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A Statistical Appreciation Of Li Na

Li Na, the two-time Grand Slam champion who on Friday announced her retirement, was the greatest Asian tennis player of all time. She was much more than that, too: At her best, she was as dominant as any of her peers, and she kept improving as she got older.

“I’ve succeeded on the global stage in a sport that a few years ago was in its infancy in China,” Li wrote on her Facebook page.

Li, the first Asian-born man or woman to reach, let alone win, a Grand Slam singles final, is right. Heading into the 1999 U.S. Open, when Li was 17 years old and ranked outside the top 300, China could boast only 0.55 percent of ranked players on the WTA Tour and just 0.35 percent of all singles ranking points, according to data I compiled this month with the help of colleagues Paul Schreiber and Andrew Flowers.

Heading into this year’s U.S. Open, which ended early this month, China had 3.5 percent of ranked players and 5 percent of singles ranking points. The rise of China as a women’s tennis power coincided with, but also surpassed, the rise of women’s tennis elsewhere in Asia.



Li was a major part of that rise, but other Chinese players have accompanied her on the journey. Li sat out the U.S. Open with the knee injuries that are forcing her to retire, which meant she couldn’t defend her ranking points from reaching the semifinals last year. In her absence, Peng Shuai, the second-ranked Chinese woman, reached the semis, by far her best career result. (Peng withdrew, injured, from her semifinal match.)

Even on a tour led by No. 1 Serena Williams, who is five months older than Li, Li stood out for her ability to keep improving. She took two years off from pro tennis starting in 2002, a period during which she began studies toward a journalism degree she earned in 2009. Li cracked the top 100 at age 22, the top 20 at age 24, the top 10 just before her 28th birthday and the top five at age 29.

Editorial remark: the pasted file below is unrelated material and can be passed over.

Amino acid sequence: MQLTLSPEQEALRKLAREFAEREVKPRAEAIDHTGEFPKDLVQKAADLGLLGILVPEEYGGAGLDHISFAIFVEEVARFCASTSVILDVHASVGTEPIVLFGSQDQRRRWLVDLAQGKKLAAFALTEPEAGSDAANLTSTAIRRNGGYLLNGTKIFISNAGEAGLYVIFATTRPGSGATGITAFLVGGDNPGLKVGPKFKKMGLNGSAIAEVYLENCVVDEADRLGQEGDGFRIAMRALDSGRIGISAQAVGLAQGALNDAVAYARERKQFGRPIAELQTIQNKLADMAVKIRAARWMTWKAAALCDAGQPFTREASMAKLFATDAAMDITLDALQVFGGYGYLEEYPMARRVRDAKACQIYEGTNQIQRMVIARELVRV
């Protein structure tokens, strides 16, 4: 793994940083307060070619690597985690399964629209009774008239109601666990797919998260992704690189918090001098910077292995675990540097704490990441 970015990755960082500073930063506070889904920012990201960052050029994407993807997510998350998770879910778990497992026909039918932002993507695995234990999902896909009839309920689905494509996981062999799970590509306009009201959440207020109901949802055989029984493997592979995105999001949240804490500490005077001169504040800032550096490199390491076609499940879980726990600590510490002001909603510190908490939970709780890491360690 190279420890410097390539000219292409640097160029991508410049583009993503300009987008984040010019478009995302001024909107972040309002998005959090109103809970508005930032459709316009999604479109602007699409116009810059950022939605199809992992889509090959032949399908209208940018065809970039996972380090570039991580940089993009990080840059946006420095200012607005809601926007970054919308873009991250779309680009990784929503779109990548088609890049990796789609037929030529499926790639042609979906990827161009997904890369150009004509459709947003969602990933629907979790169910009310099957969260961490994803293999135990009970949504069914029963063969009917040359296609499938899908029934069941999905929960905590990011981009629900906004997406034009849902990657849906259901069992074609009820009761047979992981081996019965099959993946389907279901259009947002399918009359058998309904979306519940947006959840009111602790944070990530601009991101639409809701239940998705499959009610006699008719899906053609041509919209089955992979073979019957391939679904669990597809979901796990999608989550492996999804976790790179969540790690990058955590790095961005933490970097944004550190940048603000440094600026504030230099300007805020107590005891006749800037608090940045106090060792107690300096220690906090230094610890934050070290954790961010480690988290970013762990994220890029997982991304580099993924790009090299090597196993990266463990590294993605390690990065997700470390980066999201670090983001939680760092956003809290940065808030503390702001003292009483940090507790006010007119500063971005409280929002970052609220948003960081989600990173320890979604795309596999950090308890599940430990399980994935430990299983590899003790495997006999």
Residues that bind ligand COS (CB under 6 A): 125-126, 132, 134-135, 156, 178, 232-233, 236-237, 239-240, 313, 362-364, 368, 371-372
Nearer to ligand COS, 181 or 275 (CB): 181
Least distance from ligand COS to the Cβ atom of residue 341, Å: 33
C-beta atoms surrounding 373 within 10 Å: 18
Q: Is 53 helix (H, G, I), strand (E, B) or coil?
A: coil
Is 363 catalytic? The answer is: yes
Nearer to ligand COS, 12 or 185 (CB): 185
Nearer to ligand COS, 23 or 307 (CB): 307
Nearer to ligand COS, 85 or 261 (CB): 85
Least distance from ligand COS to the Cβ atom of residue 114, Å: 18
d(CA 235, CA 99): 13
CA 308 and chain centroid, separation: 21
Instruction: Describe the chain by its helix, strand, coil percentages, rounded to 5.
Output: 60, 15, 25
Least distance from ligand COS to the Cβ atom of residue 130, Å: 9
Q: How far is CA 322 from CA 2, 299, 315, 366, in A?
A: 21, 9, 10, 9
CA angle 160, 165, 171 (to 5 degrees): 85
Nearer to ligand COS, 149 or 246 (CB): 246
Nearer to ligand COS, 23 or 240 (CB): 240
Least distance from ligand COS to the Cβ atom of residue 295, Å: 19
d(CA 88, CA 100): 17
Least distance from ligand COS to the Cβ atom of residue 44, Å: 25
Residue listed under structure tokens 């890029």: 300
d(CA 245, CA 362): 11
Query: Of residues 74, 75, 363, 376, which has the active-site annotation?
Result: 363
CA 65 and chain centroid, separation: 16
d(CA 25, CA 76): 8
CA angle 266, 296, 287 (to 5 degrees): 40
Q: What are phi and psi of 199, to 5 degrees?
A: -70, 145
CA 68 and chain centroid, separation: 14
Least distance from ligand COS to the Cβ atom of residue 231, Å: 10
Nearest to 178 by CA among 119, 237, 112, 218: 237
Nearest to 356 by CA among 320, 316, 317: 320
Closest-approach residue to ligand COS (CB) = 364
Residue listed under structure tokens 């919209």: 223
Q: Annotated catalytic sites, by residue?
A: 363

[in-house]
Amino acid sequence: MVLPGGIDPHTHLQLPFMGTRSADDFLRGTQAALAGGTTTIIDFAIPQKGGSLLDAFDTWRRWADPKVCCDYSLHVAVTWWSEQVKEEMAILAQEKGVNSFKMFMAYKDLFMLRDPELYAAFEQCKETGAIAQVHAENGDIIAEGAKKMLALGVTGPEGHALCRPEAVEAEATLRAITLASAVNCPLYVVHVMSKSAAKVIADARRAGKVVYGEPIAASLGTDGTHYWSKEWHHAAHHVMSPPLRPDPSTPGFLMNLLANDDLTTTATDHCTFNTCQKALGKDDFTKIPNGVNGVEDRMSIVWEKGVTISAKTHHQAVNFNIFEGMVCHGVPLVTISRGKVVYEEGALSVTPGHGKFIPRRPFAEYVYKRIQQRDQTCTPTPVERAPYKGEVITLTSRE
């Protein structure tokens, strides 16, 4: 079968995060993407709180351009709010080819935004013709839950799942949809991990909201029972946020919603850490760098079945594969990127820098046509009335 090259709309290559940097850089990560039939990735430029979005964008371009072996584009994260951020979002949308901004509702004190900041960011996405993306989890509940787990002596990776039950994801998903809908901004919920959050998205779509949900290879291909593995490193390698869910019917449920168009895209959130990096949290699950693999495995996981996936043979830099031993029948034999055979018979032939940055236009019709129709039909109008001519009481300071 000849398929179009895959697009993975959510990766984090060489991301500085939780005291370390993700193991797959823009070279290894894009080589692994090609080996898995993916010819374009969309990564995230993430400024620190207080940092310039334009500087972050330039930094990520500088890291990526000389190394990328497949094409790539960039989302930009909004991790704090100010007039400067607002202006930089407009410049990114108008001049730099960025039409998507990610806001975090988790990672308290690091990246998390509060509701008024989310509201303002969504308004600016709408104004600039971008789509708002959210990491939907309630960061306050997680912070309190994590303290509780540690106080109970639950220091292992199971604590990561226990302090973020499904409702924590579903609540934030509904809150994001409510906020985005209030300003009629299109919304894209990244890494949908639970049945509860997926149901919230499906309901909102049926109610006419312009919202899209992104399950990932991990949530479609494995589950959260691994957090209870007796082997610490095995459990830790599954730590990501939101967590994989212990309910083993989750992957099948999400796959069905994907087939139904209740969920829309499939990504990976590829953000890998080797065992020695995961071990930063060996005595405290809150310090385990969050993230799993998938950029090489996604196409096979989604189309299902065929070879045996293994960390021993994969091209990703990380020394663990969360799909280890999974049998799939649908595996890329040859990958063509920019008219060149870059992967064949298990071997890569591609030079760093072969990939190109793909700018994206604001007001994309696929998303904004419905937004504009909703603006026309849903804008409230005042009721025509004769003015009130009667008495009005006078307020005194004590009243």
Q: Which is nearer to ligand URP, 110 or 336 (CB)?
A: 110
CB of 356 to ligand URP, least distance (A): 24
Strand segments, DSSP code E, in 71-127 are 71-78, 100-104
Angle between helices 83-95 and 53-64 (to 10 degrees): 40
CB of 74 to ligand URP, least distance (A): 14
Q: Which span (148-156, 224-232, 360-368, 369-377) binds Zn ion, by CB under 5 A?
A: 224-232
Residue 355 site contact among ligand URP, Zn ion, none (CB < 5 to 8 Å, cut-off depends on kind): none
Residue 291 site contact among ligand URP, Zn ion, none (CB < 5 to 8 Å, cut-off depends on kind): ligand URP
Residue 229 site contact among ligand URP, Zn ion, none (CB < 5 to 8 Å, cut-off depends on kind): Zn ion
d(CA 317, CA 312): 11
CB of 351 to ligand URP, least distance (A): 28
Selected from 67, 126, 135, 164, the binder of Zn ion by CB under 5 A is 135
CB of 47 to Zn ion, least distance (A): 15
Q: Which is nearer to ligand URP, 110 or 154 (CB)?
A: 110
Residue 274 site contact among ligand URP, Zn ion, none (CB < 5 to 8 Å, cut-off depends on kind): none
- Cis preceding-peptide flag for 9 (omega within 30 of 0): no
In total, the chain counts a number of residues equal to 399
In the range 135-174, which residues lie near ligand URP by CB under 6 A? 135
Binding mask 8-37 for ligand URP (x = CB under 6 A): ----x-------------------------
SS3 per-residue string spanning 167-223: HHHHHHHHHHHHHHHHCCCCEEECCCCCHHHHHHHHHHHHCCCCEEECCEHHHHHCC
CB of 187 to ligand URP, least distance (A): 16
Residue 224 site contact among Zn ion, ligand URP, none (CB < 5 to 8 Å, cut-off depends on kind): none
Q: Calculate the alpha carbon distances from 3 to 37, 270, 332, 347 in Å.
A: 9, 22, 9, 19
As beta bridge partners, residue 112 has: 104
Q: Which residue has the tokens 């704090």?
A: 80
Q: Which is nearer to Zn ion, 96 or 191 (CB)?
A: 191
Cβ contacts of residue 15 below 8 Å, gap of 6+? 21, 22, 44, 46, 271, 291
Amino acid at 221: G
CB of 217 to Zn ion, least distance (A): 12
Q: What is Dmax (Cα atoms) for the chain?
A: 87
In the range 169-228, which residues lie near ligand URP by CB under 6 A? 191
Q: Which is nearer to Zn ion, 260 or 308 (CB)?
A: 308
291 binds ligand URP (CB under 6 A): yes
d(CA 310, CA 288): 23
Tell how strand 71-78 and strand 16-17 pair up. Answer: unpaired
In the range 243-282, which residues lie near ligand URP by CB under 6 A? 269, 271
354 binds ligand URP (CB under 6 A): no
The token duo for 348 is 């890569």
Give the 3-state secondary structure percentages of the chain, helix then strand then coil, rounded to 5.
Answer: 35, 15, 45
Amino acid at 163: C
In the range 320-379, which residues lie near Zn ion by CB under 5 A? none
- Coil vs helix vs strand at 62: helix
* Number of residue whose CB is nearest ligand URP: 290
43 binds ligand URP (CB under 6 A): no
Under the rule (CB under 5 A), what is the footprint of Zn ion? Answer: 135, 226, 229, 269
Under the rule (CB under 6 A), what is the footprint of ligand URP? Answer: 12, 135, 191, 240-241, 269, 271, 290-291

Although Li struggled with knee problems during her last years on tour, she also kept improving, fine-tuning her serve and net game while working with coach Carlos Rodriguez. Her ranking showed it: Li played nearly all of her last nine months as an active player at a career-high ranking, first reaching No. 3 last fall, then the No. 2 ranking early this year, after winning the Australian Open.


At that Australian Open, Li — sometimes inconsistent during her career — reached total dominance. She won four sets by the most dominant possible score of 6-0, including two against Top 25 opponents in the fourth round and the final. Williams, a winner of 18 Grand Slam singles titles, won four bagel sets at the same major tournament just twice in her career. Among the stars Li bageled at Grand Slams were two Grand Slam champions and four other major finalists.

Although she never reached the No. 1 ranking, Li’s bagel rate establishes just how good she was when she was dominant: really, really good. She averaged 18 bagel sets won for every 100 Grand Slam matches played, just behind Williams’s rate. Li is ahead of four of the eight other two-time Grand Slam winners over the past decade in bagels sets won per Grand Slam match.


Carl Bialik was FiveThirtyEight’s lead writer for news.